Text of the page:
In a previous life I was involved in the processing and sale of sugar and associated products and so I’m always interested in sticky subjects.
Walking down Cannon Street I came across a rather austere looking pub called “The Sugarloaf” which piqued my interest. Unfortunately for me and my thirst they were shut at the time (sadly this is the norm with a lot of city pubs post Covid).
Taking my thirst with me to a nearby hostelry who had opened more in hope than expectation I settled down with a pint of my preferred and started to look into the name of the pub.
A big clue was to be found in the rather discreet pub signs at each end of the building which show cones of roughly processed sugar knowns as Sugarloaves. Not being able to access the pub I wasn’t aware of any other clues that there might be, so had to dig into the history of Cannon Street itself. The name first appears as Candelwrichstrete ( Candlewright Street ) in 1190 and was the area known for the production of candles, no mention of sugar.
Scanning trade directories pertaining to sugar refining I was astounded to find the numbers that I did. Firstly looking at Queens Street (Now Queen Street Place) opposite the pub I found the earliest record from 1707 and over the next one hundred and fifty years there were 43 instances of Sugar refiners offices or premises in the street. In fact most streets within close proximity to the pub had many such companies. The map below shows the surrounding area with the blue dot representing the pub.
So what happened to this hive of industry, as very little evidence of it survives today?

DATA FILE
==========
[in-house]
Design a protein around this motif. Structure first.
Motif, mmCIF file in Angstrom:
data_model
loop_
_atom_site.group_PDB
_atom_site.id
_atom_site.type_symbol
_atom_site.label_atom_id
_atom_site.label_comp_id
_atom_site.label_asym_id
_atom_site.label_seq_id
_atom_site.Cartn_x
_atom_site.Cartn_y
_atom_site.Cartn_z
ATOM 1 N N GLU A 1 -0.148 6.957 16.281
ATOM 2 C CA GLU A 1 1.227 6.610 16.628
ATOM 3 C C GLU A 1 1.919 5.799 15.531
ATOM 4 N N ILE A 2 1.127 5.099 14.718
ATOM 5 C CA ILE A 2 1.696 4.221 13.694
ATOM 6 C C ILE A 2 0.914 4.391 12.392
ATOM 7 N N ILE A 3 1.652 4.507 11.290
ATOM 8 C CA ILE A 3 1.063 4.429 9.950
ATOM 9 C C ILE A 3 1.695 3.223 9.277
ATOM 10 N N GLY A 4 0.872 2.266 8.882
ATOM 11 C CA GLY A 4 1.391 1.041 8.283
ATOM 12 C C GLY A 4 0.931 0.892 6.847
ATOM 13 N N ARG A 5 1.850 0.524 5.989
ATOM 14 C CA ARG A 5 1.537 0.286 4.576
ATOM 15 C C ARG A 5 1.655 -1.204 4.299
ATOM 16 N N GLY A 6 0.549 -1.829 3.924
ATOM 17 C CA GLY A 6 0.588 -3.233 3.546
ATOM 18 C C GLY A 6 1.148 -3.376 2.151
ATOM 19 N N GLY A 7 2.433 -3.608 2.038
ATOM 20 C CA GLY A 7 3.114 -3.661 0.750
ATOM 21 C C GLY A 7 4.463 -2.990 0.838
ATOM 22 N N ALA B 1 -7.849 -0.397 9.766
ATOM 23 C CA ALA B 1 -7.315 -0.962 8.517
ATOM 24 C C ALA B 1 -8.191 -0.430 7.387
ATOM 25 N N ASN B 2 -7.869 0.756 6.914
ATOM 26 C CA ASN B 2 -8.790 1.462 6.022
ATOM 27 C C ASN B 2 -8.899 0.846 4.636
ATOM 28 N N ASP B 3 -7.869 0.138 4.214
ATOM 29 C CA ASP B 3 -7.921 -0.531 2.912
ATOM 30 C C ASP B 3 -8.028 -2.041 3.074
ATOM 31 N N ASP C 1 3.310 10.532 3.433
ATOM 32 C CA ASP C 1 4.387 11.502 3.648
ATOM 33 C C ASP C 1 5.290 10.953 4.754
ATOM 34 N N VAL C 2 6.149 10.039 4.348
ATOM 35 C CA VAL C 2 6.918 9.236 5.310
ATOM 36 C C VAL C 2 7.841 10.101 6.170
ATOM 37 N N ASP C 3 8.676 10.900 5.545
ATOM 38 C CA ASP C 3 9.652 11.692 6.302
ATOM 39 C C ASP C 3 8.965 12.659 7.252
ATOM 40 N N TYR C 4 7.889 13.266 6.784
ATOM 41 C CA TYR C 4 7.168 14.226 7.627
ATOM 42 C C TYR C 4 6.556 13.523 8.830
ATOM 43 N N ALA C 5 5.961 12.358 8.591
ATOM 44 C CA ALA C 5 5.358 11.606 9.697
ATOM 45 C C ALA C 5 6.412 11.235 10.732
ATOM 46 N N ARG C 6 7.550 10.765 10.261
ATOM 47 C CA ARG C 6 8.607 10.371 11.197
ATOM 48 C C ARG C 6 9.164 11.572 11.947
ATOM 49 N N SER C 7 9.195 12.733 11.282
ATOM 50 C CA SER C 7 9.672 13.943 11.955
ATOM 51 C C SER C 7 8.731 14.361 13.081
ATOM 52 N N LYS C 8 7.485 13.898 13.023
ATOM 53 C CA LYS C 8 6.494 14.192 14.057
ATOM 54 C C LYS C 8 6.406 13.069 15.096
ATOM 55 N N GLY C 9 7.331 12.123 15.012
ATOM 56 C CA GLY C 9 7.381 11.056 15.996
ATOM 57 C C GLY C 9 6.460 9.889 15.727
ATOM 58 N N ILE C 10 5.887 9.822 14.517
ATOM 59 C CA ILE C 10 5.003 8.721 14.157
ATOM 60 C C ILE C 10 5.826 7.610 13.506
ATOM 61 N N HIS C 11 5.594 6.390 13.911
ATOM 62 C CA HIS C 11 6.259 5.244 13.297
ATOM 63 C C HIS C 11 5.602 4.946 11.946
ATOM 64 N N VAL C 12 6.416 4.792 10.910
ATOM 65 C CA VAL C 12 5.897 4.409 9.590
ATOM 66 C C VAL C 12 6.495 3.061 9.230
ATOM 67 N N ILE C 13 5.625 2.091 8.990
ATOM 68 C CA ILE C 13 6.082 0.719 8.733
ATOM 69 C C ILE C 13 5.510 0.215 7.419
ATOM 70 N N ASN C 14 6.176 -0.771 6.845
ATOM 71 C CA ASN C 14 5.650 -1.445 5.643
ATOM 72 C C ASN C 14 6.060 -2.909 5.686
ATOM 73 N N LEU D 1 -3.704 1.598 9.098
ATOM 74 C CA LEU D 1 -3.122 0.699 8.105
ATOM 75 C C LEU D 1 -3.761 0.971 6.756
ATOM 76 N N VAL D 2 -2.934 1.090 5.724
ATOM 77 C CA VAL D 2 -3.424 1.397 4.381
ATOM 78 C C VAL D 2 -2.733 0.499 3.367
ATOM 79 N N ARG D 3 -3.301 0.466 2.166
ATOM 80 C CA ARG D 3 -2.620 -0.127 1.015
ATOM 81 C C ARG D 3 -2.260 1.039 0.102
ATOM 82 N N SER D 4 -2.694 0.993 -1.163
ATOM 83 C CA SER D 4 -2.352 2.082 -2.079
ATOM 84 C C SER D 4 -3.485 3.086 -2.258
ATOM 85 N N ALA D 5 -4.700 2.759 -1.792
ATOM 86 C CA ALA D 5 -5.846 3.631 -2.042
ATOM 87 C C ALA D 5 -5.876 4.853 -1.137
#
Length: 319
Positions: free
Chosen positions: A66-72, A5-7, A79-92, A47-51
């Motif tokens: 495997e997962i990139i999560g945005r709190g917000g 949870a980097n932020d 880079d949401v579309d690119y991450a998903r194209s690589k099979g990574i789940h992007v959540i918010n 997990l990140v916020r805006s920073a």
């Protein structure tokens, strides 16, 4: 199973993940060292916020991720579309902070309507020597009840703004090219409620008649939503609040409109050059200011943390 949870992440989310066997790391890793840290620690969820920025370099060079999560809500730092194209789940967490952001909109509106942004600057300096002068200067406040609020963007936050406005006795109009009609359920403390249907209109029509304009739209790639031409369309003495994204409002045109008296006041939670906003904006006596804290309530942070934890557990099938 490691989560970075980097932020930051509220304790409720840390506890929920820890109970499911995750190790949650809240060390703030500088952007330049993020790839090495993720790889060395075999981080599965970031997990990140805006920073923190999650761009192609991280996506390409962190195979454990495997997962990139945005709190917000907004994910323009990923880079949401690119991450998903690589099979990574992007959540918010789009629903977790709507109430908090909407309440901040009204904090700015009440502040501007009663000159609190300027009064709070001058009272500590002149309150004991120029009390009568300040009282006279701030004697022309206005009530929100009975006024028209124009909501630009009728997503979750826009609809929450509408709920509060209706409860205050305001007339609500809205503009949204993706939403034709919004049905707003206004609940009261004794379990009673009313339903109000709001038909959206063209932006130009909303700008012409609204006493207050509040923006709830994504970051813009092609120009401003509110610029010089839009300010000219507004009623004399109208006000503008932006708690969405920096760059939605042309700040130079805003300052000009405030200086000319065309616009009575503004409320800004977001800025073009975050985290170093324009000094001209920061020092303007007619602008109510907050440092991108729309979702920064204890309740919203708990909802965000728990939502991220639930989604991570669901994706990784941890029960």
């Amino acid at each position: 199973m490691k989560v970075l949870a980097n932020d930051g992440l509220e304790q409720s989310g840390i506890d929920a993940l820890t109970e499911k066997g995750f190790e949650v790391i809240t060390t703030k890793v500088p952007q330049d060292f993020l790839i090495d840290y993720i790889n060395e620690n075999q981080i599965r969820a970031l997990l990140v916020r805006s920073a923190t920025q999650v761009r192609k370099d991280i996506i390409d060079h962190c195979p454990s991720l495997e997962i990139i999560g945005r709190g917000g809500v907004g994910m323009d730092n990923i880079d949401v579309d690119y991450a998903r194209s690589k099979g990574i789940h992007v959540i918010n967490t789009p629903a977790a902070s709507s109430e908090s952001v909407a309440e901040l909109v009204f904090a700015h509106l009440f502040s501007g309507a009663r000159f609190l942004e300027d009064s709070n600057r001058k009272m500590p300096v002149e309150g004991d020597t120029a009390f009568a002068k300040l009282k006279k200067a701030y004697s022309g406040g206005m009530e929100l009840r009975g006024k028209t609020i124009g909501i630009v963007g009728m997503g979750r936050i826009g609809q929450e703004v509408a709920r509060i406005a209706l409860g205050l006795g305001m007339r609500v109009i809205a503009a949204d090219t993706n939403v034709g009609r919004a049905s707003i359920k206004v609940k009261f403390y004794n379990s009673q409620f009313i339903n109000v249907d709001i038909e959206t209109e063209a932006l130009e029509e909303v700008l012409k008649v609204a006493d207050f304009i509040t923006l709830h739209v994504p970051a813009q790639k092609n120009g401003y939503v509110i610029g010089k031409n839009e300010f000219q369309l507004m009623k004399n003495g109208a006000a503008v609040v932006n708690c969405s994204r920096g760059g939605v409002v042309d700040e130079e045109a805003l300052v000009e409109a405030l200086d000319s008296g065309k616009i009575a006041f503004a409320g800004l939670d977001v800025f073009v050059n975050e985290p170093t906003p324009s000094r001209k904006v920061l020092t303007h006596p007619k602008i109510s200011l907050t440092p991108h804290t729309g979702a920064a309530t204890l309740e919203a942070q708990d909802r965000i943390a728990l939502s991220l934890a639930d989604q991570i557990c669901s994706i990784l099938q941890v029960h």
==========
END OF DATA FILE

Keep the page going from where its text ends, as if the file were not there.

The sugar refining industry in England began in the 1540s when Cornelius Bussine came to London from Belgium armed with secrets to the art of sugar refining and established the first sugarhouse within the City of London. A few other companies followed suit, however it was not until the 17th and 18th centuries that the business of sugar refining started to be more prevalent in London. By the mid 18th century there were said to be eighty sugarhouses in the capital. Despite the noxious nature of the refining process and the regular occurrence of the buildings to catch fire, most of these London refineries were located in the area shown on the map. As for the demise of these locations I have read a few articles siting the construction of the nearby Southwark Bridge and the redevelopment of the approaches as the reason. This is a possibility as far as the sugarhouses in Queen Street are concerned as it forms the main approach to the bridge, but by 1819 and it’s opening many of the companies had moved and the remaining ones would have been Company offices only.
The reason for their disappearance was the opening of the West India Docks to the east of the City in 1802 which lured the sugar trade away and then in 1807 a ruling by the Court of Common Council which forbade sugarhouses to remain within the City due to all the hazards and nuisance involved with the process.
So the Sugarhouses moved to the docks where it was easier to get their cargo unloaded, a shorter distance to bring the sugar to the refineries and free (for a time) from the constraints around the hazards and pollution they had encountered in the city. And there they stayed until the balance between imported unrefined sugar and the growing and processing of sugar beet in the UK saw many of the small companies fold or become part of larger refining companies who situated their processing plants around the beet fields of East Anglia.